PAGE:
Get started with managed collection

This document describes how to set up Google Cloud Managed Service for Prometheus with managed collection. The setup is a minimal example of working ingestion, using a Prometheus deployment that monitors an example application and stores collected metrics in Monarch.

This document shows you how to do the following:

  • Set up your environment and command-line tools.
  • Set up managed collection for your cluster.
  • Configure a resource for target scraping and metric ingestion.
  • Migrate existing prometheus-operator custom resources.

We recommend that you use managed collection; it reduces the complexity of deploying, scaling, sharding, configuring, and maintaining the collectors. Managed collection is supported for both GKE and any other Kubernetes environments. For more information about managed and self-deployed data collection, see Data collection with Managed Service for Prometheus.

Before you begin

This section describes the configuration needed for the tasks described in this document.

Set up projects and tools

To use Google Cloud Managed Service for Prometheus, you need the following resources:

  • A Google Cloud project with the Cloud Monitoring API enabled.

    • If you don't have a Cloud project, then do the following:

      1. In the Google Cloud console, go to New Project:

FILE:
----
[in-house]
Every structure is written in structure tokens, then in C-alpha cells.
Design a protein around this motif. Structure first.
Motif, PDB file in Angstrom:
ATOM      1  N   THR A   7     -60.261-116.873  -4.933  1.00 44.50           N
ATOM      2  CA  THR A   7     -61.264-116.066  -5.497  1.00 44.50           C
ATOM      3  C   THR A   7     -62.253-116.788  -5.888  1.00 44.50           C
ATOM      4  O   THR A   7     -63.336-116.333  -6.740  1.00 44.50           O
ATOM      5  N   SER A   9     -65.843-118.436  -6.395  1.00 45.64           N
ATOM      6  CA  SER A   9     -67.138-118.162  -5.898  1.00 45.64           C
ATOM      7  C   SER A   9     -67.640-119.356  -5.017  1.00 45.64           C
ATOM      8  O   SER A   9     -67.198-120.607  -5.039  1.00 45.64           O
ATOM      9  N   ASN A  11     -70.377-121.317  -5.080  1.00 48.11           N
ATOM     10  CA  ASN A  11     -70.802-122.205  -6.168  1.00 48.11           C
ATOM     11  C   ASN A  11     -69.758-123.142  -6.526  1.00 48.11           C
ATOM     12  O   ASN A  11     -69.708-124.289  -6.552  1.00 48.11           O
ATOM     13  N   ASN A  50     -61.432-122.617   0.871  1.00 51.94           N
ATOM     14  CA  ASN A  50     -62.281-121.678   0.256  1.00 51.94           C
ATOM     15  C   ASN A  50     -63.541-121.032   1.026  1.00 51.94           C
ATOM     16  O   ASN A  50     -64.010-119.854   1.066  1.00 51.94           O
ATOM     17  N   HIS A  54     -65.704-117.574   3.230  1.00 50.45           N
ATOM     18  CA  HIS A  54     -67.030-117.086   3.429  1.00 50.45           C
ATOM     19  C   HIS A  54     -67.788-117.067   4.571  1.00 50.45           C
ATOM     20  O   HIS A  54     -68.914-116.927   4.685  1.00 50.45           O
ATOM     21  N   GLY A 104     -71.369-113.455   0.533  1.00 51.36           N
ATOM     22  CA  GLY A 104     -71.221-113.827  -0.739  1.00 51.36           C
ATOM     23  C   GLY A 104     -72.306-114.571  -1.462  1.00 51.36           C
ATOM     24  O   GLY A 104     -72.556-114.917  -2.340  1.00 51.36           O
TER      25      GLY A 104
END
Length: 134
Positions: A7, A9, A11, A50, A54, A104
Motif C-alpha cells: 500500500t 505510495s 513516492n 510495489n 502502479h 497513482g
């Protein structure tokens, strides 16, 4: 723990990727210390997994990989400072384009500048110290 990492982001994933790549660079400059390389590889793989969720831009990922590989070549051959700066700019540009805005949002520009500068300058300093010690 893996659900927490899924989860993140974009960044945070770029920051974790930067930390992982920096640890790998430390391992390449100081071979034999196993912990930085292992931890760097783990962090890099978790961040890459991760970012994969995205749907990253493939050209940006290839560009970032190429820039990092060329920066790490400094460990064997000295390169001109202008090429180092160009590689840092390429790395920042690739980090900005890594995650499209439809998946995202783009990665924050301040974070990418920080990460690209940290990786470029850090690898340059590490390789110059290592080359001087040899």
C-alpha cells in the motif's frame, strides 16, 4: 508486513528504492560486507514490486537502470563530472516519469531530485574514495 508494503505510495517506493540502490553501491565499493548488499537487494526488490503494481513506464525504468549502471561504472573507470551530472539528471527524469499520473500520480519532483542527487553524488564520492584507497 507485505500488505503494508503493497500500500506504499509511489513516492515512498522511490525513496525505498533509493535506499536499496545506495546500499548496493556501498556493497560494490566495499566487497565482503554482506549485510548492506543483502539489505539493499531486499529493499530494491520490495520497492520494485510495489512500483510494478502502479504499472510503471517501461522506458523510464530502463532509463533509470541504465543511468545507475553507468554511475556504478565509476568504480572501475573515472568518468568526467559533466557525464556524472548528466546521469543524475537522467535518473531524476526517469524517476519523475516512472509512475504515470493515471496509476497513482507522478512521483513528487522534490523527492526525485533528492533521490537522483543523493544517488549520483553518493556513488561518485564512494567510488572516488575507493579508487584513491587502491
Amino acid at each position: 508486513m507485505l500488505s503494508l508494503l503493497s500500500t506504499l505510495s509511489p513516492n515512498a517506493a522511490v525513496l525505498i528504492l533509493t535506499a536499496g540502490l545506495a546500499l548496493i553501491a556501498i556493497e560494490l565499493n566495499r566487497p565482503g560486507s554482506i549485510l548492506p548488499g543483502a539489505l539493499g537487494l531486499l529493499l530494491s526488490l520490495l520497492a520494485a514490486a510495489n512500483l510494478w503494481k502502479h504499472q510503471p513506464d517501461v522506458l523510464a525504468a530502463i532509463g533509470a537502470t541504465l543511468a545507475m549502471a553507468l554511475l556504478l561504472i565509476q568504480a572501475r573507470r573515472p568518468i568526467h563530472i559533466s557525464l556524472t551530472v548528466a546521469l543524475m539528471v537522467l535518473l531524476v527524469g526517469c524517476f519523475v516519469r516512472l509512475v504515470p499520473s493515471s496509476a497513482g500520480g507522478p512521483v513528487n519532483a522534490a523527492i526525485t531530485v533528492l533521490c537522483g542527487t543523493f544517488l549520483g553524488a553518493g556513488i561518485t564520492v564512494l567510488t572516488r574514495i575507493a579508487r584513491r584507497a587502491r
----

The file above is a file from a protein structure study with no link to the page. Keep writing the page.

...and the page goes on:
Create a New Project

      2. In the Project Name field, enter a name for your project and then click Create.

      3. Go to Billing:

        Go to Billing

      4. Select the project you just created if it isn't already selected at the top of the page.

      5. You are prompted to choose an existing payments profile or to create a new one.

      The Monitoring API is enabled by default for new projects.

    • If you already have a Cloud project, then ensure that the Monitoring API is enabled:

      1. Go to APIs & services:

        Go to APIs & services

      2. Select your project.

      3. Click Enable APIs and Services.

      4. Search for "Monitoring".

      5. In the search results, click through to "Cloud Monitoring API".

      6. If "API enabled" is not displayed, then click the Enable button.

  • A Kubernetes cluster. If you do not have a Kubernetes cluster, then follow the instructions in the Quickstart for GKE.

You also need the following command-line tools:

  • gcloud
  • kubectl

The gcloud and kubectl tools are part of the Google Cloud CLI. For information about installing them, see Managing Google Cloud CLI components. To see the gcloud CLI components you have installed, run the following command:

gcloud components list

Configure your environment

To avoid repeatedly entering your project ID or cluster name, perform the following configuration:

  • Configure the command-line tools as follows:

    • Configure the gcloud CLI to refer to the ID of your Cloud project:

      gcloud config set project PROJECT_ID
      
    • Configure the kubectl CLI to use your cluster:

      kubectl config set-cluster CLUSTER_NAME
      

    For more information about these tools, see the following:

Set up a namespace

Create the gmp-test Kubernetes namespace for resources you create as part of the example application:

kubectl create ns gmp-test